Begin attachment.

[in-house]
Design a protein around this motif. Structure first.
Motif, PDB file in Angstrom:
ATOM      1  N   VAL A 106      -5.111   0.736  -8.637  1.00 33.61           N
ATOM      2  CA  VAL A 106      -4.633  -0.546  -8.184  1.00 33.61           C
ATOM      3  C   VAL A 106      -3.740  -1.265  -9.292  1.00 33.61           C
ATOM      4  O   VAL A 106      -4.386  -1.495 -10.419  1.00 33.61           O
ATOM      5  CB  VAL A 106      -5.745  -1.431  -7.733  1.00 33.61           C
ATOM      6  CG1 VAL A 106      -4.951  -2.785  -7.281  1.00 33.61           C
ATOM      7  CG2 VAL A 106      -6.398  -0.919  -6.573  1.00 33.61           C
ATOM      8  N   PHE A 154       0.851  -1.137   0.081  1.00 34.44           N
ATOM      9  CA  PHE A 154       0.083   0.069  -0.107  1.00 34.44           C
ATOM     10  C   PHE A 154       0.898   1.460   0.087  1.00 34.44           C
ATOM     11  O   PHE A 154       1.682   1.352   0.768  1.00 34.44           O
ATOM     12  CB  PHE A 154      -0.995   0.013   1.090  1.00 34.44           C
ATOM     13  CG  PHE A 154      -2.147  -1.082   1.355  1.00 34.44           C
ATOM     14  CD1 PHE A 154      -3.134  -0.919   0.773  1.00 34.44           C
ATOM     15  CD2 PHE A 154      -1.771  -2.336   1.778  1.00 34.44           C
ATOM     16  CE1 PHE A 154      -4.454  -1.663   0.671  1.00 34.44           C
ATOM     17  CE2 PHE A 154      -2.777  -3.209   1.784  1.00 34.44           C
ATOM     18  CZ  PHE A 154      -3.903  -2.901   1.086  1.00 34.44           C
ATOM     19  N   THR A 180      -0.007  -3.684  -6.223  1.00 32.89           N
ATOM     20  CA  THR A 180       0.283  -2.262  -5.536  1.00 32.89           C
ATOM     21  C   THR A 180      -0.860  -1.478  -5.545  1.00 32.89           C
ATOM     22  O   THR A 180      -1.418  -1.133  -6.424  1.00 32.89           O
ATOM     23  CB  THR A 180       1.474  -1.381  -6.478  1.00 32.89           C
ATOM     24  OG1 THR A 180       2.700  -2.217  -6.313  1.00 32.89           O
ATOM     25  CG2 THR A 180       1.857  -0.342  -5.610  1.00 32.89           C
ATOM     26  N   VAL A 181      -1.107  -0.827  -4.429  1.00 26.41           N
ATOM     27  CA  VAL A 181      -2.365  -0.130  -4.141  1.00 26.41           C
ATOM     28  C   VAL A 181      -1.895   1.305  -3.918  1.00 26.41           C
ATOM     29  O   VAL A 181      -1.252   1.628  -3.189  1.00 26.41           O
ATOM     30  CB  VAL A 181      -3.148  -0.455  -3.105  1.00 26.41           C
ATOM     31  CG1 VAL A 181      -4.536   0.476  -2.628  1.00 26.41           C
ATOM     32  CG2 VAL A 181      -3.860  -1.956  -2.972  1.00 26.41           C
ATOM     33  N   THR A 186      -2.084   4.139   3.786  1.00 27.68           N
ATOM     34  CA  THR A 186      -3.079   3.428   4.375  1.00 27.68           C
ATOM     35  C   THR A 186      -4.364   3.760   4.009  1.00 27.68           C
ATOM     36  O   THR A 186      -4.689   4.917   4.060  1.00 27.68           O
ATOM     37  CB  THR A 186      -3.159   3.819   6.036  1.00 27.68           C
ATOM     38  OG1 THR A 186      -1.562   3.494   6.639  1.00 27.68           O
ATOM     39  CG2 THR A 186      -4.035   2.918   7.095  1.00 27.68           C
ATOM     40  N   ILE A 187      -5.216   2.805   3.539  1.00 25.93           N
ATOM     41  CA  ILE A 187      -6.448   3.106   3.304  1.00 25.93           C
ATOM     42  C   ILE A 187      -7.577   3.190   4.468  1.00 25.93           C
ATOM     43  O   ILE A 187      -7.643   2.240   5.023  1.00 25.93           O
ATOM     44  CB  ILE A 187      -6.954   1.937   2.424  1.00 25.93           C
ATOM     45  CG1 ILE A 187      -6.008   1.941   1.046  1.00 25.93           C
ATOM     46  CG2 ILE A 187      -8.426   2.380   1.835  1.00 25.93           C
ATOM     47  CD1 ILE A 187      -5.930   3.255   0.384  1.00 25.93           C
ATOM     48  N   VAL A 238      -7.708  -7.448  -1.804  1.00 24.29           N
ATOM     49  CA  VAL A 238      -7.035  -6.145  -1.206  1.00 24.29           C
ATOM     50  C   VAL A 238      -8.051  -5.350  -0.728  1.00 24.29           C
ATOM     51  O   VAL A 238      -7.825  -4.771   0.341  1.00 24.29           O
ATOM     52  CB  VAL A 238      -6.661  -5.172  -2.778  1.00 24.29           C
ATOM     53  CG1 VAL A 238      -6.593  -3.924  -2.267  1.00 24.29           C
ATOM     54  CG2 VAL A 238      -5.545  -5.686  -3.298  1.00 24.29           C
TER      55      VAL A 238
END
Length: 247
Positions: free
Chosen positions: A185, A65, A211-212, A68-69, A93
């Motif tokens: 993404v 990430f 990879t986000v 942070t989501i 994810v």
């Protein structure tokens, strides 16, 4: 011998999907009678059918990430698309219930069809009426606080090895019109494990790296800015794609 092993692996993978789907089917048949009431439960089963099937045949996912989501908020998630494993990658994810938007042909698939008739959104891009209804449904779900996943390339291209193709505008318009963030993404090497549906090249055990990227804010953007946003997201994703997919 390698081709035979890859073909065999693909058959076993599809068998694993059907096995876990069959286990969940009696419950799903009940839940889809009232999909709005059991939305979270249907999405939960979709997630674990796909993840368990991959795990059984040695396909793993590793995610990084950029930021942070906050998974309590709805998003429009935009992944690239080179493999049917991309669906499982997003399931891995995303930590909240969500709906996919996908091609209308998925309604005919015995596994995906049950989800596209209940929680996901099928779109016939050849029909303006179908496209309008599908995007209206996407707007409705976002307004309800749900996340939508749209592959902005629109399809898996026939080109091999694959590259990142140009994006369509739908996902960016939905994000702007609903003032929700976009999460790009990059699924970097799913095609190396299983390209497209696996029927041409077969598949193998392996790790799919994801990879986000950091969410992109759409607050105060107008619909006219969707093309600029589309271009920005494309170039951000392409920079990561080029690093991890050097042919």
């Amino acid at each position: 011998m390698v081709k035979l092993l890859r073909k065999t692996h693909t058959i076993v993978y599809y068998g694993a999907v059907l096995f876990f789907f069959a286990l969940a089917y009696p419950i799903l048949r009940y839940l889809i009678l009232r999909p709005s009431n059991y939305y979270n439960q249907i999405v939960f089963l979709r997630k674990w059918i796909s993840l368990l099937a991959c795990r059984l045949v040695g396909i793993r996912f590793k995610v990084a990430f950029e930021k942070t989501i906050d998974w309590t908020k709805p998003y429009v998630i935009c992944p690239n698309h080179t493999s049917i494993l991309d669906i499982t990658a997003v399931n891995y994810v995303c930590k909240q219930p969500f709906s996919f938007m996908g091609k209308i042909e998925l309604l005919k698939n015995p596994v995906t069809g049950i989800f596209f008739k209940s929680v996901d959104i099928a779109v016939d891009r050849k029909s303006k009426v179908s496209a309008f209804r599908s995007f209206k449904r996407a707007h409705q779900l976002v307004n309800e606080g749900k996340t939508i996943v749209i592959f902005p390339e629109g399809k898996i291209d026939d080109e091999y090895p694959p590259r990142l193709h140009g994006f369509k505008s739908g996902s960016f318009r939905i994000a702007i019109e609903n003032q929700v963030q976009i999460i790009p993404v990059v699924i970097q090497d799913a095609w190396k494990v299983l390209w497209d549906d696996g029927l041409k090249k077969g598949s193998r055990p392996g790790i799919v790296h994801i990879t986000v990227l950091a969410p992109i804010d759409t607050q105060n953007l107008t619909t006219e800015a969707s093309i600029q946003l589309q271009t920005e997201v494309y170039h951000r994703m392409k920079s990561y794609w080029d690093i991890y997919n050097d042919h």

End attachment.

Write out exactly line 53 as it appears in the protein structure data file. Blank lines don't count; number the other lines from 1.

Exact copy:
ATOM     50  C   VAL A 238      -8.051  -5.350  -0.728  1.00 24.29           C